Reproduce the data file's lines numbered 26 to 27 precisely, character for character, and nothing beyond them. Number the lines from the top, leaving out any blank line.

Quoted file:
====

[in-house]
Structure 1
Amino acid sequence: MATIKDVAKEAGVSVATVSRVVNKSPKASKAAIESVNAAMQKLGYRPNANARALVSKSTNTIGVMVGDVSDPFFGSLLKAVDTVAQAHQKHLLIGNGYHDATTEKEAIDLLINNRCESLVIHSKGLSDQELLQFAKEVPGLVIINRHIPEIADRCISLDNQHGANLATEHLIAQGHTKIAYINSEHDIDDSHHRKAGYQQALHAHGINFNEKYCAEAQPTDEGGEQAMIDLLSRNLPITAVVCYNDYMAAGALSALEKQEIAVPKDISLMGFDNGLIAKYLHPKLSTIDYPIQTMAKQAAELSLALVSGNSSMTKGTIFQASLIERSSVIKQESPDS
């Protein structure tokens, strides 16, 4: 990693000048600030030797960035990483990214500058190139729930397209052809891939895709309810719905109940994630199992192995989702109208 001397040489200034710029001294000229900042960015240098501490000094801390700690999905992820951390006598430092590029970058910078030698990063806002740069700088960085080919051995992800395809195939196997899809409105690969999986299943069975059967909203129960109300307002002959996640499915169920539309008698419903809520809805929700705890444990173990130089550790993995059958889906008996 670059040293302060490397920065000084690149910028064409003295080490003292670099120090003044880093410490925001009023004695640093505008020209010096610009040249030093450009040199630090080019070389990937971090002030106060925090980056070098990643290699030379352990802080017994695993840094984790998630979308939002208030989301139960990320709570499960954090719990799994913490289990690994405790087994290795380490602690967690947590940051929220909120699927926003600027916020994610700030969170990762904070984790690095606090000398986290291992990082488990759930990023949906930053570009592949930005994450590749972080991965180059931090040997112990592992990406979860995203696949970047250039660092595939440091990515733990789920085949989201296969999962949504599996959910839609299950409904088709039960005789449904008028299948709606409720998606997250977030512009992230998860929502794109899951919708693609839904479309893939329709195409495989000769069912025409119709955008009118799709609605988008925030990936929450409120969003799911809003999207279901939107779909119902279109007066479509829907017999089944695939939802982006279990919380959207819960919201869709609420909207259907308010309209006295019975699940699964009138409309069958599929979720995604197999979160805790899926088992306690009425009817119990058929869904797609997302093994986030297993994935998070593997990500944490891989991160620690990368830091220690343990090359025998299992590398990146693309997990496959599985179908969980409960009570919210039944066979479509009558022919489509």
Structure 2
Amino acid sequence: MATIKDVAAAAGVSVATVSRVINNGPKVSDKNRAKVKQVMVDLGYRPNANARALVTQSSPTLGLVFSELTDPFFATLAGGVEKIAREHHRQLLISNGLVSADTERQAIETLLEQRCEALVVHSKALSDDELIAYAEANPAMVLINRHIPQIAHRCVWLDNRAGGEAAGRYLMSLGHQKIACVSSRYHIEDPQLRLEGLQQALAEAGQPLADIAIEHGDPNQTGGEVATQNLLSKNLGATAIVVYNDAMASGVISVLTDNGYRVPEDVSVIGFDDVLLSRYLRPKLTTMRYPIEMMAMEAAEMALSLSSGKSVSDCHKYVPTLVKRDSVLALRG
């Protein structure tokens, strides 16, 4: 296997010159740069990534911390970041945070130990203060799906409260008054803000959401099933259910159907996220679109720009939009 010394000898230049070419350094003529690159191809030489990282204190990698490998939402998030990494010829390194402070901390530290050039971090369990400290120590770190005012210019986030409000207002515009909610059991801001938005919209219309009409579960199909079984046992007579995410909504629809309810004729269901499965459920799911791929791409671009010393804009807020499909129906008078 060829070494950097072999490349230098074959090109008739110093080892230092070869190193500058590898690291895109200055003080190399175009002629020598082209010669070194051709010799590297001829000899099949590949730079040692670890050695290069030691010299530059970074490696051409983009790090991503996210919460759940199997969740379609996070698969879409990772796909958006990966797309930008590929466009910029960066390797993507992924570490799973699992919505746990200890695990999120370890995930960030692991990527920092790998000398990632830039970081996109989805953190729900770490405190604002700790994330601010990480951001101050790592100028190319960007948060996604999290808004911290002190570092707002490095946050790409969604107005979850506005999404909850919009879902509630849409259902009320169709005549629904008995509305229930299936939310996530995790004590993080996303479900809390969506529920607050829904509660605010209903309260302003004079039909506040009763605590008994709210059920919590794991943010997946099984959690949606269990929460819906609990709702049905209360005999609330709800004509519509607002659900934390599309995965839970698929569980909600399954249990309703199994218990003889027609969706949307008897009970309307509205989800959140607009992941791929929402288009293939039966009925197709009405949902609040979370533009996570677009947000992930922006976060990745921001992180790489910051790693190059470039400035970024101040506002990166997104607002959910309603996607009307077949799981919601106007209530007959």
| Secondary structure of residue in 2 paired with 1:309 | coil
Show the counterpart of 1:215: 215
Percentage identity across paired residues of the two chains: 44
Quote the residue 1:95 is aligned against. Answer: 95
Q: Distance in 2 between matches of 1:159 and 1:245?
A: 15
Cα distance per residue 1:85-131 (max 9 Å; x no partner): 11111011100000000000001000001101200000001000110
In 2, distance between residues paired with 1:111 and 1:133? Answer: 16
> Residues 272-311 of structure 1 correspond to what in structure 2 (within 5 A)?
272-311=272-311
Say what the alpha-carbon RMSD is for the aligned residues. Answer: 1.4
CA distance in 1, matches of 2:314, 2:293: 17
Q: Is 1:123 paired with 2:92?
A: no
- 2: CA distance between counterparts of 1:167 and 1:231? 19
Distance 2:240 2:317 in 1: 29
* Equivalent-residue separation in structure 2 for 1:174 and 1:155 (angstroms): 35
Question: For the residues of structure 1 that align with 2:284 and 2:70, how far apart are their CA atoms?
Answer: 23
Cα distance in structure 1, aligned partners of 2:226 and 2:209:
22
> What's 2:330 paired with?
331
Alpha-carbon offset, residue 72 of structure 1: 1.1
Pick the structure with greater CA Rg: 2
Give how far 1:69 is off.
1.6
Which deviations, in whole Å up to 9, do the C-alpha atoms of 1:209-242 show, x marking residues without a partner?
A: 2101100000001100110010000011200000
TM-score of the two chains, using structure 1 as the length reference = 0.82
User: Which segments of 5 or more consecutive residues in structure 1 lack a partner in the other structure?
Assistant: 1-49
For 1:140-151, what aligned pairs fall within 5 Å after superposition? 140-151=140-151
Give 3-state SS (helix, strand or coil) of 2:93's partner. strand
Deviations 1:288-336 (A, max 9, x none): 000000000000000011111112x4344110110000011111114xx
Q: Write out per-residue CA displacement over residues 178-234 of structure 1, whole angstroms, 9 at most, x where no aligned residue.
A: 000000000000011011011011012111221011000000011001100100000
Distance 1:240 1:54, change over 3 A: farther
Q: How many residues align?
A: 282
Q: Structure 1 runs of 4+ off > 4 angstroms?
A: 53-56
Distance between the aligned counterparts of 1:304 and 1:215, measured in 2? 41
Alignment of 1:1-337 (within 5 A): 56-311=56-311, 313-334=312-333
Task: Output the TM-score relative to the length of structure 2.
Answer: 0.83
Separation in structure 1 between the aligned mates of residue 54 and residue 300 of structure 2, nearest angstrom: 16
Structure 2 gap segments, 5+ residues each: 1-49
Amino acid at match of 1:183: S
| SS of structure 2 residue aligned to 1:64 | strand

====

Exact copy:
Answer: 23
Cα distance in structure 1, aligned partners of 2:226 and 2:209: